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August 20, 2004

What to do

Iím just about at my witís end in all this insanity surrounding my leave of absence.

Questions and concern are abounding, and I have no idea how I am to answer to either of the responses elicited on my behalf. Honesty seems fair, but too personal and I donít know if I could ever handle lying.

But with all thoughts at a screeching halt, I consider that I will have to be working. This is new, since I havenít worked a day since the car accident in the very end of June. My career at the fruit market has come to an abrupt end, and Iím okay with that since it wasnít destined to be my lifeís work anywayÖ

However, here I sit painfully sizing up options for other jobs. Problem is that I canít lift, I canít bend, and I canít even stand for long without experiencing additional excruciating pain. My mother suggested applying for cashier at the local hardware storeóthey pay $7 an hour. But can I stand itóliterally?

I made a list of other possibilities of places I wouldnít mind workingónot that there are positions available, which, of course, poses another problemÖ

  • Hostess at a restaurant
  • Florist assistant
  • Assistant at a library or bookstore
  • Assistant at a pet store, groomerís, or animal shelter
  • Desk attendant at the YMCA

    Naturally I have to consider the distance Iíll be traveling as a factor, but Iím also trying to decide what would be more worthwhile: a job near my home or a job closer to the school? I would prefer to split the difference, since I donít live far from SHU, but I donít know what the prospective jobs are in that area. More questionsÖ

    I might be able to scoop up a position that was filled by another college student that had to leave for school. But will someone be willing to hire me close to full-time for such a brief amount of time before I would need to cut hours back?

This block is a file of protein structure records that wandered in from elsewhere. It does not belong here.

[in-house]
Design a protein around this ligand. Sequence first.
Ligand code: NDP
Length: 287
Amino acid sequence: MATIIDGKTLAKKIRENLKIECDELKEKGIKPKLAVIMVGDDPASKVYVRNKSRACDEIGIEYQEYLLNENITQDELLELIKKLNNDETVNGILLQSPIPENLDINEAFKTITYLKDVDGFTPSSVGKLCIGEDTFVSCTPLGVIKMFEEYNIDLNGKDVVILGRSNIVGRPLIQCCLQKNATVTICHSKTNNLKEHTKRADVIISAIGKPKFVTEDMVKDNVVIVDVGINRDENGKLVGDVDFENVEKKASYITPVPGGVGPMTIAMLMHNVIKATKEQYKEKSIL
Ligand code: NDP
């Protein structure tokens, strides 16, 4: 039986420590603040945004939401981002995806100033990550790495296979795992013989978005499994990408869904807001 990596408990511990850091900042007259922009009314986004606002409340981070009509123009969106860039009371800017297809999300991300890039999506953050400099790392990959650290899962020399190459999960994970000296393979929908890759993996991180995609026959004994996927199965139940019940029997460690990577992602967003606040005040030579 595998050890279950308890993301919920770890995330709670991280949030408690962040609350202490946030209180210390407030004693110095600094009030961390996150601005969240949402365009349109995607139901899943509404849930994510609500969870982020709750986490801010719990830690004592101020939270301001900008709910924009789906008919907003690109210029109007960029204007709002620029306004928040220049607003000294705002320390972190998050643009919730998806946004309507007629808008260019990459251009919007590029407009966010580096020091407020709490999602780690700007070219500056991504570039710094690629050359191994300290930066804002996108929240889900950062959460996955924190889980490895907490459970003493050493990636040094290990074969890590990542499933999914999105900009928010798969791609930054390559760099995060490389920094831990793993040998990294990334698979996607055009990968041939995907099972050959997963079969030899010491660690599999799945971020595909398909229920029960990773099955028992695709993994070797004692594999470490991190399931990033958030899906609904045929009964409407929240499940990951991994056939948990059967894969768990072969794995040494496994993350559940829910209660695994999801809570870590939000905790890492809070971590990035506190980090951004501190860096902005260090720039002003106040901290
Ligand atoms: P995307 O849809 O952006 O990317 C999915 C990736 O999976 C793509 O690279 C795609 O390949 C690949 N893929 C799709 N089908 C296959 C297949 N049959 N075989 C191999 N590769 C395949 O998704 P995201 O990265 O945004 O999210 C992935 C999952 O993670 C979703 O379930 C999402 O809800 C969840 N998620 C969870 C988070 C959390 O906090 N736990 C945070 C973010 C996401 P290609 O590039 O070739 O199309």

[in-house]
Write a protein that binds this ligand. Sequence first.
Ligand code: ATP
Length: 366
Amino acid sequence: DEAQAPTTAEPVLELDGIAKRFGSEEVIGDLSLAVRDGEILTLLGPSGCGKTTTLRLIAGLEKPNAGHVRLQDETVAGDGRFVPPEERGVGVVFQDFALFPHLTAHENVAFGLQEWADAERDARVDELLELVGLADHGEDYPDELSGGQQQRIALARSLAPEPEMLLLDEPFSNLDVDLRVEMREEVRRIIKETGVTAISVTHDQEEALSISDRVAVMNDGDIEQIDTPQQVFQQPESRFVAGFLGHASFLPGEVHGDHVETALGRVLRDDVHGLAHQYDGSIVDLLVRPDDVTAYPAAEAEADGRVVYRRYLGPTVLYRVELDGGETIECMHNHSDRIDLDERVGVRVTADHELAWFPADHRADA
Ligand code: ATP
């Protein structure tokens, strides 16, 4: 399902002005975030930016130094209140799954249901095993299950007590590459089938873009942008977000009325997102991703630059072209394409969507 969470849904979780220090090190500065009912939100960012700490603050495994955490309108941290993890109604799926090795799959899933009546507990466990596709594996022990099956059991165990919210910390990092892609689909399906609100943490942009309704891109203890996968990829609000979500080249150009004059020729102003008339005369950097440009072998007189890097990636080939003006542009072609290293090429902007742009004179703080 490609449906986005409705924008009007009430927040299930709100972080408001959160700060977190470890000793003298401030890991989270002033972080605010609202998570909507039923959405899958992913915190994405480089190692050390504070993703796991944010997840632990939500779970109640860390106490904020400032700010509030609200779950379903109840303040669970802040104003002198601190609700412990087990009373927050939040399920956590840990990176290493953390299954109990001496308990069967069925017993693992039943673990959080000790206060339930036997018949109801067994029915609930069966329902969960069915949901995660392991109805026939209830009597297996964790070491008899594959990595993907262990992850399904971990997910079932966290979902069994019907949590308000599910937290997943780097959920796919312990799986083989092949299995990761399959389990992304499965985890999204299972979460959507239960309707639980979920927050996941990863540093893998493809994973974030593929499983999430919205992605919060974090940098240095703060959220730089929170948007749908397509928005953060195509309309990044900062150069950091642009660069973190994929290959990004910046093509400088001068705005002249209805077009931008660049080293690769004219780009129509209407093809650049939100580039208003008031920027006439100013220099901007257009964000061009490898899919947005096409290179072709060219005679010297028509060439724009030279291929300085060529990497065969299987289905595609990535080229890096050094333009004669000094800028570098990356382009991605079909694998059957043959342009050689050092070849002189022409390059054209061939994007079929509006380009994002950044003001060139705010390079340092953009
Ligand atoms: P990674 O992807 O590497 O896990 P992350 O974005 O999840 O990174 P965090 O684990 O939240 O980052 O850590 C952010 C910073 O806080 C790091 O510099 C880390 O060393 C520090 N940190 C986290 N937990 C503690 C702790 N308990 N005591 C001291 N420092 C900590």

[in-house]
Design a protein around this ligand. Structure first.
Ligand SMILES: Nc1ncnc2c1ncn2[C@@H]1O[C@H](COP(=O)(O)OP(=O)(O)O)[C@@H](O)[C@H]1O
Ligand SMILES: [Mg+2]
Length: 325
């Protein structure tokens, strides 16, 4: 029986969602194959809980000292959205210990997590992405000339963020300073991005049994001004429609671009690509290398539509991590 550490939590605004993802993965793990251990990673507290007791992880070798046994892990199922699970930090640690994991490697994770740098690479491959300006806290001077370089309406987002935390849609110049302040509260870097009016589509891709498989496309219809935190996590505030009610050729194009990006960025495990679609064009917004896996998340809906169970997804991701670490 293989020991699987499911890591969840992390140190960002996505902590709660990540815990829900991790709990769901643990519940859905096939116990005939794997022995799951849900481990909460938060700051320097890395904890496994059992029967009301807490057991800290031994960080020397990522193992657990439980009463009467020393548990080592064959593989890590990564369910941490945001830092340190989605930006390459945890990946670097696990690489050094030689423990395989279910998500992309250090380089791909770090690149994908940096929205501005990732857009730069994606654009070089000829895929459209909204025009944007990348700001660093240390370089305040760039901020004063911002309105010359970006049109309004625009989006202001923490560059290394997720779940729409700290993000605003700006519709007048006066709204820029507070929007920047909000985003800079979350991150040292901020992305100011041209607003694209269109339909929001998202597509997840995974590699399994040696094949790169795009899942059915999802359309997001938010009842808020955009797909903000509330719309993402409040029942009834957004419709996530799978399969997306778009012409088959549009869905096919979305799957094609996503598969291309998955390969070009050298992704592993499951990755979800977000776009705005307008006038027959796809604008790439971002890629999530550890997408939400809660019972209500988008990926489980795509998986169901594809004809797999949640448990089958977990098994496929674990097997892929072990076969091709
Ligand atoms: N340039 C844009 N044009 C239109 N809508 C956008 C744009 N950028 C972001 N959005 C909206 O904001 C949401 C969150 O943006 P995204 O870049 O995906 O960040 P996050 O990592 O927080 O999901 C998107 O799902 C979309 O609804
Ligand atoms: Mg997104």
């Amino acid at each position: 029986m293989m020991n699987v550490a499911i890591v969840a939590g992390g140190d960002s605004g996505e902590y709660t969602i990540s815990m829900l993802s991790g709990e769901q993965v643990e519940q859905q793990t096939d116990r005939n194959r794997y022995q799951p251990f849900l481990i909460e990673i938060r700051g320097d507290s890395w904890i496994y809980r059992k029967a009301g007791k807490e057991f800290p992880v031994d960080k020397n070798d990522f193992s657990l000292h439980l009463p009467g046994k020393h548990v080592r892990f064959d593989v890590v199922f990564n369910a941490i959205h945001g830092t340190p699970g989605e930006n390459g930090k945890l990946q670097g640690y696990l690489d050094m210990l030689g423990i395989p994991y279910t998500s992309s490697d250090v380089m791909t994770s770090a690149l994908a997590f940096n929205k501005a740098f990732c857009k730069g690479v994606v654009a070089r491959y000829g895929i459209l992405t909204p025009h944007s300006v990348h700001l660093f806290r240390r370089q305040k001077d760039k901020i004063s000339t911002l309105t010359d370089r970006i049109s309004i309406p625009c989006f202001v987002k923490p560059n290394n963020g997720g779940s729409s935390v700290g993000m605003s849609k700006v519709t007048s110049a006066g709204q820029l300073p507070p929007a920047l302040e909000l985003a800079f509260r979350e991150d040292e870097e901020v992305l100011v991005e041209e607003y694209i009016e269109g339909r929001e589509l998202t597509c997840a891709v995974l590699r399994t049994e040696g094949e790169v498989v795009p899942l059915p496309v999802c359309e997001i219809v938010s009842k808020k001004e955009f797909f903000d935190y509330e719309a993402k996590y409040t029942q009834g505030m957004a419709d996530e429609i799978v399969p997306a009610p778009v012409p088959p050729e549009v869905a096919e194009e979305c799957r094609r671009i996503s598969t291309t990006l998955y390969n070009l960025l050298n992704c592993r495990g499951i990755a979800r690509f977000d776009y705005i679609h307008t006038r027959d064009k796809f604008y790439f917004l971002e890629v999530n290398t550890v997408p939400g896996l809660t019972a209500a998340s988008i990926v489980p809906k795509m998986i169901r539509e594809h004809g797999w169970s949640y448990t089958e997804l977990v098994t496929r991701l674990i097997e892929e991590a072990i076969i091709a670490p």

Iím plagued by these questions in addition to the stress of being without activity. Yes, I did just say ďstress of no activityĒ because Iíll go crazy if I have nothing to do. Thatís because Iím so accustomed to a packed schedule with a myriad of extras tacked on for fun. Now I can almost do nothing.

    Almost. Iíve been encouraged to begin some light exercise and stretching to help in rehabilitation, so Iím considering joining the YMCA and taking a yoga class. Maybe swimming. Maybe weight lifting. I already know taequondo, so perhaps I could take up kickboxing at a later date? Karate? Maybe I could even benefit from something totally out of the ordinary like a painting class. Sculpture? Sewing? Knitting?

    Also, I really want to keep up on any intellectual growth, so I plan to read a lot. Iíll have time and Iíll have attention to dedicate to reading. Iím limited in my selection from home, so Iíll be spanning the local libraries (Iíll have to check on my borrowing privileges at the SHU library now that Iím technically not a student). Anyone have any suggestions for good reads?

    This is frustrating for me. Iím feeling regret in making this decision, but I know that it has to be this way. Forced from my comfort zone, Iím even staring blankly at a line that seems to have been drawn between my friends and me. Iím really trying to not make this more difficult than it is, but even that is proving to be difficult.

    Posted by KarissaKilgore at August 20, 2004 11:55 AM


    Comments


    Karissa, for what it is worth, I went through similar thoughts each time my company did a downsizing. What would I do to earn a living? I had to have a job like this, but not like that, and I'm not good at this, but I'm really good at that. Maybe I could work there? Or do that ... it kept me awake for hours sometimes. So please don't feel alone or unusual about your decision. And best wishes that whatever you do turns out well.

    Posted by: Paige at August 24, 2004 12:19 PM



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